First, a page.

One of Walt Disney’s most personal films, this tale of a boy and his pet lamb was created as a tribute to the legendary animator’s childhood in rural Missouri. Originally, he had intended this adaptation of Sterling North’s Midnight and Jeremiah as his first entirely live action film. When salesmen for RKO, which released his films at the time, argued that they couldn’t sell a Disney film without animation, he relented and added cartoon figures from young Jeremiah’s (Bobby Driscoll) imagination, though they only take up 15 percent of the film’s running time. To re-create the novel’s rural Indiana setting, the production shot on location in the San Joaquin Valley during the summer, requiring the crew to water the soil every night to keep the foliage in good condition. Since Disney only had one small soundstage at his studio, sets had to be built on location, including a hardware store furnished with items bought from a closed store the crew found. Although not Disney’s most profitable feature, he loved the film so much he had the barn set re-created on his estate. The film’s railroad station also served as the model for the Frontierland station in Disneyland. In addition, the picture produced one enduring hit, the Oscar-nominated song “Lavender Blue,” which became the first hit single for co-star Burl Ives.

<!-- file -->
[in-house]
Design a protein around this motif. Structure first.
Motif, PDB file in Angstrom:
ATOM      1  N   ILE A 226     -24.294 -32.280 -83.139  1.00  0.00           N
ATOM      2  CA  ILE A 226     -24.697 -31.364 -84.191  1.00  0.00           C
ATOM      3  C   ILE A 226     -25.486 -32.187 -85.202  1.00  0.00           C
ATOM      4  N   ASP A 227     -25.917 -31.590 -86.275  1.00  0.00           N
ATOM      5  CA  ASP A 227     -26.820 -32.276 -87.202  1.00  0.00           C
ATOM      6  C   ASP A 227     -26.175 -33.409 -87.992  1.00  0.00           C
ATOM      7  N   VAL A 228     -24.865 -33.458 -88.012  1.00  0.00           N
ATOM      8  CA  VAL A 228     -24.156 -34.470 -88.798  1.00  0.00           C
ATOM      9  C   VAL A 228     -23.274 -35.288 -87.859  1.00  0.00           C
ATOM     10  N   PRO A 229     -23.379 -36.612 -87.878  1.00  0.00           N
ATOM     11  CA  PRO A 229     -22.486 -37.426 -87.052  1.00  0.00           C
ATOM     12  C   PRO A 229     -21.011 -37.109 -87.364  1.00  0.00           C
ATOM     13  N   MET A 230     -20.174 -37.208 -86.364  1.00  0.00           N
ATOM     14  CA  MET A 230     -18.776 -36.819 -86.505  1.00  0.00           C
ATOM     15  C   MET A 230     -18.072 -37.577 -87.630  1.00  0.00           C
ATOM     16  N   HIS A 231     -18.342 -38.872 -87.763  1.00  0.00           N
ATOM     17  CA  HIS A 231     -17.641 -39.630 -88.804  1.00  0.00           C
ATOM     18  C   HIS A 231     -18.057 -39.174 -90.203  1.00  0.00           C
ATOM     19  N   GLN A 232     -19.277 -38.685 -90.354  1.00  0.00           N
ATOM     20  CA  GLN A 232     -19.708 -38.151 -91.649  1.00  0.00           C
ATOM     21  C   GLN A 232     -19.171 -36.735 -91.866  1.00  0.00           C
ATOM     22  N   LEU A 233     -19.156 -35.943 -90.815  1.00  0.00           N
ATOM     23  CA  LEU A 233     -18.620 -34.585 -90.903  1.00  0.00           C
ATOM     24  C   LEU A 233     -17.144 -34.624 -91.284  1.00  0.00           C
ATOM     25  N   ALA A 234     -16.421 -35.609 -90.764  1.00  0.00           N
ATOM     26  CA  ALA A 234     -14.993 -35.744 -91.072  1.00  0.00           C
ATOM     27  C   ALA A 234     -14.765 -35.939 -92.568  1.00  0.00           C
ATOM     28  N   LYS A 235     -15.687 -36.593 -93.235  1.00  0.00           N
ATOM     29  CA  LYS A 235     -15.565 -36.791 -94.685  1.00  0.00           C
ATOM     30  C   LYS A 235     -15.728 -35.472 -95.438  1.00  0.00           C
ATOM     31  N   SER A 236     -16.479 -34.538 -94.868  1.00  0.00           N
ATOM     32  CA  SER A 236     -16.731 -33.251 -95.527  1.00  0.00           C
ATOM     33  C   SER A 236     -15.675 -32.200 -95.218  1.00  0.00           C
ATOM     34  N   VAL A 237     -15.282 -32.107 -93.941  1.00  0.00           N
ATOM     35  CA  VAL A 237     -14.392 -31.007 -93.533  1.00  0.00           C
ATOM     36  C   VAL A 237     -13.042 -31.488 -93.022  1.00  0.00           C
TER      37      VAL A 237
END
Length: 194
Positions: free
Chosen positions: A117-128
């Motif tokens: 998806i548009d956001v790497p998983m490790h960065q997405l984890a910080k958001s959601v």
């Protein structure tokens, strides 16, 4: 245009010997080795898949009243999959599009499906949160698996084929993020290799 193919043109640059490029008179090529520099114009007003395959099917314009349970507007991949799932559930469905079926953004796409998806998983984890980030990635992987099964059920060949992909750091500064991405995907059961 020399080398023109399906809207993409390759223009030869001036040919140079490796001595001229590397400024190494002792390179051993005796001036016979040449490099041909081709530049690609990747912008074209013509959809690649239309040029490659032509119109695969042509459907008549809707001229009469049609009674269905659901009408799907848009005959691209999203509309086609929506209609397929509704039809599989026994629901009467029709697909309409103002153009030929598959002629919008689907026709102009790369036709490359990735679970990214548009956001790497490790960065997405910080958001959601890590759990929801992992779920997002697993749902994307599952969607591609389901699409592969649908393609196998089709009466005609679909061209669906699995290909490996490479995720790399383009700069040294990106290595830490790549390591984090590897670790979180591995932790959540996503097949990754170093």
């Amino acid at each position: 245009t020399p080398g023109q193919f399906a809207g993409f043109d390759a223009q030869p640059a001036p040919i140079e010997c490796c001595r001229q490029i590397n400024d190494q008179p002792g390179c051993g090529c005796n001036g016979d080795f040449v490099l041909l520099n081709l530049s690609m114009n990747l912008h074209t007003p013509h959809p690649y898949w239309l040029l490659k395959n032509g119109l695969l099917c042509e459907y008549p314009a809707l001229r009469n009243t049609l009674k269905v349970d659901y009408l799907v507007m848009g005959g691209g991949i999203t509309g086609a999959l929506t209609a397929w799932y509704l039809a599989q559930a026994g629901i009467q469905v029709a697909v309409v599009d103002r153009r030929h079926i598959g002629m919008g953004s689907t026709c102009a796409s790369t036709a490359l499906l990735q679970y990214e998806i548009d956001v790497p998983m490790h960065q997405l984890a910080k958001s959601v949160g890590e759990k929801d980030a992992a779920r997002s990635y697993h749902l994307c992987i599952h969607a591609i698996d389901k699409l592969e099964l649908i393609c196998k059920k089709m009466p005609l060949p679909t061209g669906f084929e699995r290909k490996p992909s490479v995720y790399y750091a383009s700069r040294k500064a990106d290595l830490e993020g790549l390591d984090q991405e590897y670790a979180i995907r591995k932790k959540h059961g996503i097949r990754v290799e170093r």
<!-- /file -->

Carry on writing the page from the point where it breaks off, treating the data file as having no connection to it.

(d. Harold D. Schuster, Hamilton Luske, 79m, 35mm)